Sending my sons to MDA Summer Camp feels different this year

A DMD mom explains why she'll be crying happy tears this summer

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by Betty Vertin |

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Like many families in the Duchenne muscular dystrophy (DMD) community, we’re preparing to send our three sons with the condition to a weeklong camp for young people with muscular dystrophy.

I’ve spent the week preparing everything for Max, 17, Rowen, 14, and Charlie, 12, to attend the Muscular Dystrophy Association (MDA) Summer Camp. I’ve got laundry going and am prepping their medicines, which, as parents of multiples know, is not fun. Packing 10 days of meds in original containers for three boys involves a couple of hours of prep work.

But I’m also packing their bags, buying extra bug spray and sunscreen, and scouring the house for items to help them celebrate camp themes like glitter day. I can’t wait to see pictures of my boys in their glitter! There is excitement in the air as my sons look forward to attending.

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A bittersweet summer

However, this will be Max’s last year, and that’s hitting me hard. He’ll be a high school senior this fall, but it seems like just yesterday he was 8 years old and attending his first MDA Summer Camp.

His first year was memorable for a couple reasons. For one, it seemed like almost as soon as Max was diagnosed with DMD, people started telling me about the camp, how great it was, and how much he’d love it. I remember thinking those people were crazy; there was no way I’d send my little boy away for an entire week after we’d just learned about this scary disease.

It took some persuading for me to want to take him to camp, but the second reason it was memorable reinforced my original thoughts. During his first year at camp, I was invited to come for Legacy Day and bring Rowen and Charlie, too, so they could see what camp was like and feel more prepared when it was their turn to attend.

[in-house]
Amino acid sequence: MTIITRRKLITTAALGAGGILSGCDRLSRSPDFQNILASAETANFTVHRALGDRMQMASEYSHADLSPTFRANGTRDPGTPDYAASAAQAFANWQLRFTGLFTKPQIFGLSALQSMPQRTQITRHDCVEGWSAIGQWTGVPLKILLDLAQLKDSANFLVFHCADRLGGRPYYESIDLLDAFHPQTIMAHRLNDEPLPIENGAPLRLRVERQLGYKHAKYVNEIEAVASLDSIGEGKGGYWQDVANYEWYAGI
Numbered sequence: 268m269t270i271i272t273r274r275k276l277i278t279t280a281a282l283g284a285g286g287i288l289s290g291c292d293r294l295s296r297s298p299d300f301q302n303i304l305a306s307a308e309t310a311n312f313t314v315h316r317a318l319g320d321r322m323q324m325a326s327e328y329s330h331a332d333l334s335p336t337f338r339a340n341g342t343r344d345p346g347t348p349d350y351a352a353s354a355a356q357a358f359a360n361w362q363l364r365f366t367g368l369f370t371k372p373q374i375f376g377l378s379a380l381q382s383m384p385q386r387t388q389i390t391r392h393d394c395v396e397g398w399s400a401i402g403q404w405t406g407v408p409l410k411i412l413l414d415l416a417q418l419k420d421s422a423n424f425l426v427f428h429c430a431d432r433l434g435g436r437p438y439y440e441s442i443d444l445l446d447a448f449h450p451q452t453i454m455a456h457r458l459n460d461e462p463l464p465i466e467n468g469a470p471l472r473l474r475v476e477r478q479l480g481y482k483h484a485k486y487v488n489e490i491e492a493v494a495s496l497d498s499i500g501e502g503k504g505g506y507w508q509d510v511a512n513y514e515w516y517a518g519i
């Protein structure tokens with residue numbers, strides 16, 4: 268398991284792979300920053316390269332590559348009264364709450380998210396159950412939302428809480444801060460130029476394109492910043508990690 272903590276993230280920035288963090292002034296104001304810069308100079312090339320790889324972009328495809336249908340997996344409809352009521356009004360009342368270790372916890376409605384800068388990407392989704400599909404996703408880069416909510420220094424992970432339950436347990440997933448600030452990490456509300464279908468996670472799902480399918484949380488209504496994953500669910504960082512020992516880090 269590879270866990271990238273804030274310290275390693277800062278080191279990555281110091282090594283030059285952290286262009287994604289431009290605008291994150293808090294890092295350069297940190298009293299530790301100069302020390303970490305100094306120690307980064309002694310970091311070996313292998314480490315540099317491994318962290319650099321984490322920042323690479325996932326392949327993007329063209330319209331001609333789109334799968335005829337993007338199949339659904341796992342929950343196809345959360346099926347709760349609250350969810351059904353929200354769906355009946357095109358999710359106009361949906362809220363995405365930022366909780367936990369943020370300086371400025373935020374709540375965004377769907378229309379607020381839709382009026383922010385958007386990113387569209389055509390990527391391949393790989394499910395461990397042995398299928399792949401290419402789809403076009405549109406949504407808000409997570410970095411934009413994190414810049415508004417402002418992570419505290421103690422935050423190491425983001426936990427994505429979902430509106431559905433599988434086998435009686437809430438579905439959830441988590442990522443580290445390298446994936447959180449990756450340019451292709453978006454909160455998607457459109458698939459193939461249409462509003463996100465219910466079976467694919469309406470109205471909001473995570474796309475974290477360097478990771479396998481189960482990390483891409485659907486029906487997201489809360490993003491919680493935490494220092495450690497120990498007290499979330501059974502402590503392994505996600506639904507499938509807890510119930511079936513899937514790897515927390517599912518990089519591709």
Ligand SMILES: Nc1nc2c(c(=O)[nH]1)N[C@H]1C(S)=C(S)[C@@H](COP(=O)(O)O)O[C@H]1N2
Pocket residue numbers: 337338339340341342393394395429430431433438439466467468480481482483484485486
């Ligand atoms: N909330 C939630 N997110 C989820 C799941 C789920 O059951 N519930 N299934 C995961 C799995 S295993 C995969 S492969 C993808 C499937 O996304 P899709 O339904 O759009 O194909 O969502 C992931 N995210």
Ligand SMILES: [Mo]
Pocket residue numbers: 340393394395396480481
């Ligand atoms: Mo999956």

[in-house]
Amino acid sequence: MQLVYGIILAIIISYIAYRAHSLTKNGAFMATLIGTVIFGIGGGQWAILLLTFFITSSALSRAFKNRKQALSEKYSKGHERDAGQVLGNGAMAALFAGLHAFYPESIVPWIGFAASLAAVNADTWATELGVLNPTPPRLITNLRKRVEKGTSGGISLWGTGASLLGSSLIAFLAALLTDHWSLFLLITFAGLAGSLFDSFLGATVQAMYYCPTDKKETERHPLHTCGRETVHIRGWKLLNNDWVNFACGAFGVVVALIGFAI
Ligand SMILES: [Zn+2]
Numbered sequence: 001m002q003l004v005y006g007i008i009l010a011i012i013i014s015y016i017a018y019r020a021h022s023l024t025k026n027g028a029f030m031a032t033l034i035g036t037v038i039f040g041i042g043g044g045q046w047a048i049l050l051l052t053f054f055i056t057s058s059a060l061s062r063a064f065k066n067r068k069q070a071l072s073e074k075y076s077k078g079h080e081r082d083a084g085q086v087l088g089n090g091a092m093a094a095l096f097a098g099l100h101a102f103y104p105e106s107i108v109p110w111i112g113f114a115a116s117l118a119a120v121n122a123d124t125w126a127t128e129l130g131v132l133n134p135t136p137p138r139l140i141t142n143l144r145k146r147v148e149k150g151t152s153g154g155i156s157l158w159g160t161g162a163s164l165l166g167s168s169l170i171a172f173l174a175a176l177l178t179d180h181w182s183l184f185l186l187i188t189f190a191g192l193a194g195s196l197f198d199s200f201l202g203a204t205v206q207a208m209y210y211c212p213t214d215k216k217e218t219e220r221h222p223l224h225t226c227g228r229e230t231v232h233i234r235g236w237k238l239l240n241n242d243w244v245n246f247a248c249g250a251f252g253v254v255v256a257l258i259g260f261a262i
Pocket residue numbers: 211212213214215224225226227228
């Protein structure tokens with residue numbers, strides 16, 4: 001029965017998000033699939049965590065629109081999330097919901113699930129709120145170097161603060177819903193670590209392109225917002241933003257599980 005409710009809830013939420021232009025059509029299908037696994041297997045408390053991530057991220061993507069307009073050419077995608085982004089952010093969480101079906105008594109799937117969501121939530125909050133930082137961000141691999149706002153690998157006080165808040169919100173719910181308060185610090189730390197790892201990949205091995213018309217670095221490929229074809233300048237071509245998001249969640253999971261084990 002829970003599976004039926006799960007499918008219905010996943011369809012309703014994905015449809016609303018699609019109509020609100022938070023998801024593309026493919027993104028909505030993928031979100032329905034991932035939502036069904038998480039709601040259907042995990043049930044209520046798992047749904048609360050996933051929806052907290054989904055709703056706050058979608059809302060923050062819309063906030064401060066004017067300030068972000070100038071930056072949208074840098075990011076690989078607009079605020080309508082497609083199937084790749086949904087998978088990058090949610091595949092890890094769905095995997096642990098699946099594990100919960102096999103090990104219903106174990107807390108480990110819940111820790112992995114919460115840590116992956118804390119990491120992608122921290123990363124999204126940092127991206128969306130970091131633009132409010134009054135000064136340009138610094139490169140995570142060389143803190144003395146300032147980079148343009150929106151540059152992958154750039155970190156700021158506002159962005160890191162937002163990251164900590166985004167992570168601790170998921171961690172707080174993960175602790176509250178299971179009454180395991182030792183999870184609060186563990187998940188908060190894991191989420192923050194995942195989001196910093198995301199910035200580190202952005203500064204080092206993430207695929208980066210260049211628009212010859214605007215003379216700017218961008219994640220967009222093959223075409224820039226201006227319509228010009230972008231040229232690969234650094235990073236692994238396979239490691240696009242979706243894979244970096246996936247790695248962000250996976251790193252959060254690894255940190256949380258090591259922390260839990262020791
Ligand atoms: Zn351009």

Max was glad to see us. We stayed for a water fight, and the boys had a lot of fun. But when it was time to leave, Max cried and cried and begged to come home with us. His counselor pulled him away from me as he screamed my name. I was miserable the rest of the week, worrying about him and hating myself for leaving him there. But when we picked him up, he’d had the best week and has returned every year possible.

Max loves being with kids who are similar to him, and he greatly enjoys the support and encouragement he receives from counselors and staff. And with his flair for music and theater, he loves the talent show and dance held on the final night.

What Max probably liked least about the COVID-19 pandemic was that camp was canceled two years in a row. In fact, since COVID-19 hit, our home state, Nebraska, has offered only virtual camp. But he loves the experience so much that we now drive six hours to our neighboring state of Iowa so he can attend in person. Rowen and Charlie enjoy camp, too, but not as much as Max. They wanted to skip it this summer, but because it’s Max’s last opportunity to go, my husband and I made it mandatory that they attend with him.

But now that their departure is almost here, I’m on the brink of tears. For all the ways Max differs from his peers, I realize he’ll face just as many lasts during his senior year. Thus, Mom is just as emotional as he is.

I’m so happy Max has loved camp, but I’m sad it’s ending for him. I’ll be the one crying this year, but they’ll be happy tears. I’m now one of the people who tell parents of newly diagnosed children about how great MDA Summer Camp is and how much their sons will love it.

Note: Muscular Dystrophy News Today is strictly a news and information website about the disease. It does not provide medical advice, diagnosis, or treatment. This content is not intended to be a substitute for professional medical advice, diagnosis, or treatment. Always seek the advice of your physician or another qualified health provider with any questions you may have regarding a medical condition. Never disregard professional medical advice or delay in seeking it because of something you have read on this website. The opinions expressed in this column are not those of Muscular Dystrophy News or its parent company, BioNews, and are intended to spark discussion about issues pertaining to muscular dystrophy.


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